What did you do before creating your distillery and gins?
Born and raised in California, Daniel returned to Viêt Nam working with Oxfam America, the American Wetlands Foundation and the Viêt Nam Ministry of Natural Resources and Environment on sustainable Mekong Delta development, focusing on the agricultural supply chain. He transitioned to formulating forest land allocation policy in the Central and Northern Highlands among minority tribes.
During his time there, he participated deeply in everyday life in remote villages, foraging botanicals, eating local foods, and drinking local spirits. He learned about the terroir, botany, spiritual animism and local culture, and gained the knowledge of the unique flavours of these regions. He also formed lifelong friendships with the villagers, and continues to work with them to consolidate their sustainability.
Daniel says, "It was during this time that I developed relationships with local farming and foraging communities in northern Vietnam. It was also when I started to truly understand the significance of native botanicals – which were most important to local communities, and were in danger of being lost.”
What made you decide to create your gin and distillery, and what's the inspiration behind them?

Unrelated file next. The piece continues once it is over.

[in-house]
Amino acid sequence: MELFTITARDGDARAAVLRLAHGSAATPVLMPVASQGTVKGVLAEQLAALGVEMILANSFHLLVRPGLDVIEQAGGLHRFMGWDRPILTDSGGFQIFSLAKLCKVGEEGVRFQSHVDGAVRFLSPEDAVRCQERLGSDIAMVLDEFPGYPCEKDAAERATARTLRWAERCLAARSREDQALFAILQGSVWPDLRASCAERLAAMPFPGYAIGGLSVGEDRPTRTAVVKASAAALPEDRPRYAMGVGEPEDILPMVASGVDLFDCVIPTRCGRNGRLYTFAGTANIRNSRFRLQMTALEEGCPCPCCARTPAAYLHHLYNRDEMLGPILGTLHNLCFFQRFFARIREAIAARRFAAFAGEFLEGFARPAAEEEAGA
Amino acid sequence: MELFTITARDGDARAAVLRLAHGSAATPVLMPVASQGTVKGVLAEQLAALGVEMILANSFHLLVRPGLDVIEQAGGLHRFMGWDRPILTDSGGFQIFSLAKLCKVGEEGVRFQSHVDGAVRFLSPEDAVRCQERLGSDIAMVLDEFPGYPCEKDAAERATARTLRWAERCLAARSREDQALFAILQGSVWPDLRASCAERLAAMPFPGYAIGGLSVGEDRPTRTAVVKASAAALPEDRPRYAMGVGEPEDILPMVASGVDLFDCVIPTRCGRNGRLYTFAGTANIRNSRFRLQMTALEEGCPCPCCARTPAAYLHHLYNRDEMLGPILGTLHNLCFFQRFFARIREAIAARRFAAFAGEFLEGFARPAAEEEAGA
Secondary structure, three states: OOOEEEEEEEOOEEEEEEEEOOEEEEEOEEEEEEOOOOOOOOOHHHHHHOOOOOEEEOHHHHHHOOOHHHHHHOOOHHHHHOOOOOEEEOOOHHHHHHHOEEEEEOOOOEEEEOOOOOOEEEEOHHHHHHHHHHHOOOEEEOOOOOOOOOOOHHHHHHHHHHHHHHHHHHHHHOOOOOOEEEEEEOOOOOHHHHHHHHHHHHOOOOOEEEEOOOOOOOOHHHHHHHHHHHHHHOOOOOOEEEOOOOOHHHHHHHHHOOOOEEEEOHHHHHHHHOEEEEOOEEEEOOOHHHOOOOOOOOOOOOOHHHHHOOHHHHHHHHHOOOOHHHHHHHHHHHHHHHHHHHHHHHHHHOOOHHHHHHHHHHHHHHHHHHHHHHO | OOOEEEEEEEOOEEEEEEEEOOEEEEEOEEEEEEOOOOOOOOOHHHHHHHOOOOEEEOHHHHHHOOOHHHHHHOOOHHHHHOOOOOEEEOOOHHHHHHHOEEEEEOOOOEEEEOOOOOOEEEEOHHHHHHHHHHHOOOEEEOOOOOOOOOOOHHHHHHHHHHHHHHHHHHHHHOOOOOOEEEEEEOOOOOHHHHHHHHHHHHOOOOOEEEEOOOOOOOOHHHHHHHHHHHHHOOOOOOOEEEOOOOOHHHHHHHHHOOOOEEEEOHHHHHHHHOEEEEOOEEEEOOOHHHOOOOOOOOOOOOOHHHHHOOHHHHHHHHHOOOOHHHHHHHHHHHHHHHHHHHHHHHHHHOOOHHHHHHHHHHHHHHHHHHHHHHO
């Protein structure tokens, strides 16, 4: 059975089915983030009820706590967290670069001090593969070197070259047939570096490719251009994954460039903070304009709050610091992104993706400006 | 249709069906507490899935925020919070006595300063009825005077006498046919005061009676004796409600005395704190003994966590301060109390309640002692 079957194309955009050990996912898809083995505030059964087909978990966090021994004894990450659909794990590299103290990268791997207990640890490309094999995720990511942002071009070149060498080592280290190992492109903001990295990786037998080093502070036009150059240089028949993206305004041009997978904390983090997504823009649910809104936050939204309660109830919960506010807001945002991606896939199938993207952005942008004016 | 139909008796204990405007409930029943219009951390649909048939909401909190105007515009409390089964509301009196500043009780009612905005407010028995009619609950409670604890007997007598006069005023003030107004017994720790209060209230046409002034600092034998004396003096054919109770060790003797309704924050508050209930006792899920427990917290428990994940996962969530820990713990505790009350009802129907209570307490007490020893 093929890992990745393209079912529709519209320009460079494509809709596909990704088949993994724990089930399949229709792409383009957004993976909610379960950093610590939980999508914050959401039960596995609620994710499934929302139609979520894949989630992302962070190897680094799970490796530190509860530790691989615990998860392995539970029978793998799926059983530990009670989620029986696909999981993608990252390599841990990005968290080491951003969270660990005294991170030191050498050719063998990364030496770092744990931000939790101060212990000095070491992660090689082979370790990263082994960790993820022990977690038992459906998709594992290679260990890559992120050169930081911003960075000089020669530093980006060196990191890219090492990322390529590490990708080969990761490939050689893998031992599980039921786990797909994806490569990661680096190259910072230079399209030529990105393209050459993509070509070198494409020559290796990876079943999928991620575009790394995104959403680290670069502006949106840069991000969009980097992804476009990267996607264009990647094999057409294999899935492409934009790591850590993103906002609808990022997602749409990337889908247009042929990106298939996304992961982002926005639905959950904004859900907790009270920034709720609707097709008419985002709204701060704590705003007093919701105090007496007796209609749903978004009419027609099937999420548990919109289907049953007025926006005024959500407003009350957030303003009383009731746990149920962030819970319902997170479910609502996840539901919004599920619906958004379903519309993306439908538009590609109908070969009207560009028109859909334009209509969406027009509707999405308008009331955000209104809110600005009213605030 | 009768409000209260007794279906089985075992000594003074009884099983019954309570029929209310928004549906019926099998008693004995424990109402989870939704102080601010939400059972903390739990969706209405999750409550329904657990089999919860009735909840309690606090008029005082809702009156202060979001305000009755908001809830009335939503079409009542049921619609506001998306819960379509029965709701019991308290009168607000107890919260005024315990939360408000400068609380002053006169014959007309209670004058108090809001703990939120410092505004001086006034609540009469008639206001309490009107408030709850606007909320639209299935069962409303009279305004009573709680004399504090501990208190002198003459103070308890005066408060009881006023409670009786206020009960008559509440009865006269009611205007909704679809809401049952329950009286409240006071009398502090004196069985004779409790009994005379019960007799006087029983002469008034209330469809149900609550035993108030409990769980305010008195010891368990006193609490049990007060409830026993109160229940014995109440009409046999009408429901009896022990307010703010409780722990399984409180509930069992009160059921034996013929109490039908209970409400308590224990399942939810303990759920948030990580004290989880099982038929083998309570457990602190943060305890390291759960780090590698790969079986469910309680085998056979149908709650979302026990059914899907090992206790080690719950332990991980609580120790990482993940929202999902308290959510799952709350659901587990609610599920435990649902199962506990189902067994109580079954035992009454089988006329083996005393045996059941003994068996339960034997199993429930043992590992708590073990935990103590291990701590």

The idea of using Vietnamese botanicals to create a unique gin came to Daniel while he was working with a mountain community in the district of Si Ma Cai. Daniel explains, “Farmers there were having trouble selling corn they had grown, so they fermented it and distilled it into whisky, which was far easier to sell.” That was when it struck him: a spirit might be the best way to introduce outsiders to the amazing plants of northern Vietnam. Rural communities had cultivated and foraged these botanicals for centuries, and by distilling them into a gin, they could share them with people across Vietnam and beyond. Not only would this support Vietnamese biodiversity and allow traditional ways of life to thrive, but it would also mean sharing the stories of these remote communities with the wider world..
What is the meaning and story behind the Sông Cái brand name?
Our name, “Sông Cái”, means “Mother River,” for the pure waters that flow from the Highlands, for the beauty and bounty that Vietnam brings to the world. The term pays homage to the deep reverence that rural agricultural communities have for bodies of waters as givers of life. Rivers are also something that both figuratively and literally connect communities. From the mountains they flow all the way down to the coast, and we’re now reaching out across the ocean to the international community.
Sông Cái's logo represents this spirit by portraying the tools used by our community partners to forage botanicals used in our gin and other spirits. Our bottle highlights local Vietnamese artisans via a back label shining through the front. The flagship gin labels are inspired from Hàng Trông, an ancient Vietnamese painting style, of which we are working with the last remaining artist.
Can you tell us more about your distillery and your team?
Sông Cái Distillery is the first gin distillery of Viêt Nam. We are a full distillery and botanical sourcing operation, licensed for commercial operation in Hà Nôi in 2018.